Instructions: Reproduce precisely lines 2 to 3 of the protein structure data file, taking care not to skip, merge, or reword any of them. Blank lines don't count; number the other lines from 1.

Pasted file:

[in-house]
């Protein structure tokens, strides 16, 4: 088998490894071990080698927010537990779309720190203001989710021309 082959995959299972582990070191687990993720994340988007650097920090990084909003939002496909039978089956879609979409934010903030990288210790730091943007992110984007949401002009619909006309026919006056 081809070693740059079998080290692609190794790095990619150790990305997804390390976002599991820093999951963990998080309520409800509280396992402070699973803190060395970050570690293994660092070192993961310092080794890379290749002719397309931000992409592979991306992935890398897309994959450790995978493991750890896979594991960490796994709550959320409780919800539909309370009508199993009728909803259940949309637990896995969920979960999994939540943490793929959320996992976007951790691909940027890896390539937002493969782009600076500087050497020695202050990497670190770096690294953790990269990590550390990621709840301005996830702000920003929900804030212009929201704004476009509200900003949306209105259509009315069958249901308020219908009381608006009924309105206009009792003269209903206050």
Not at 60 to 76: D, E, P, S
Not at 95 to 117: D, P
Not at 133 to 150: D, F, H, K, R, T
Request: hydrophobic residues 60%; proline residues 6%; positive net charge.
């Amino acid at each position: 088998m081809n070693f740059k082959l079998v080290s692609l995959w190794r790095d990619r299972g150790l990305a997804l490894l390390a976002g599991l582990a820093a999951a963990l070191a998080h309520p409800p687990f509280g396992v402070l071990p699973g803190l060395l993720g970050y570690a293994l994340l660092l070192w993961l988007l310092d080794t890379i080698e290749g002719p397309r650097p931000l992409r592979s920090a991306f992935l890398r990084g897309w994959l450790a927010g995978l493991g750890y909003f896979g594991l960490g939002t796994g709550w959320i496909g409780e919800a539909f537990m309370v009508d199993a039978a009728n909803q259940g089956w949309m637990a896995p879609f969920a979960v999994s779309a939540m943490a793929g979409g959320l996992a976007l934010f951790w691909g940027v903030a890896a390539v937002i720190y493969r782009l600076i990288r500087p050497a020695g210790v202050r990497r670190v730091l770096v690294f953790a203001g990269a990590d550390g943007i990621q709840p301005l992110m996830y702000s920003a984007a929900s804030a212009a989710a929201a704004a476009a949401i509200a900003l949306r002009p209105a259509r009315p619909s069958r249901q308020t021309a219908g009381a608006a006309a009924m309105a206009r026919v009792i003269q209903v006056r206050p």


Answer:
């Protein structure tokens, strides 16, 4: 088998490894071990080698927010537990779309720190203001989710021309 082959995959299972582990070191687990993720994340988007650097920090990084909003939002496909039978089956879609979409934010903030990288210790730091943007992110984007949401002009619909006309026919006056 081809070693740059079998080290692609190794790095990619150790990305997804390390976002599991820093999951963990998080309520409800509280396992402070699973803190060395970050570690293994660092070192993961310092080794890379290749002719397309931000992409592979991306992935890398897309994959450790995978493991750890896979594991960490796994709550959320409780919800539909309370009508199993009728909803259940949309637990896995969920979960999994939540943490793929959320996992976007951790691909940027890896390539937002493969782009600076500087050497020695202050990497670190770096690294953790990269990590550390990621709840301005996830702000920003929900804030212009929201704004476009509200900003949306209105259509009315069958249901308020219908009381608006009924309105206009009792003269209903206050």
Not at 60 to 76: D, E, P, S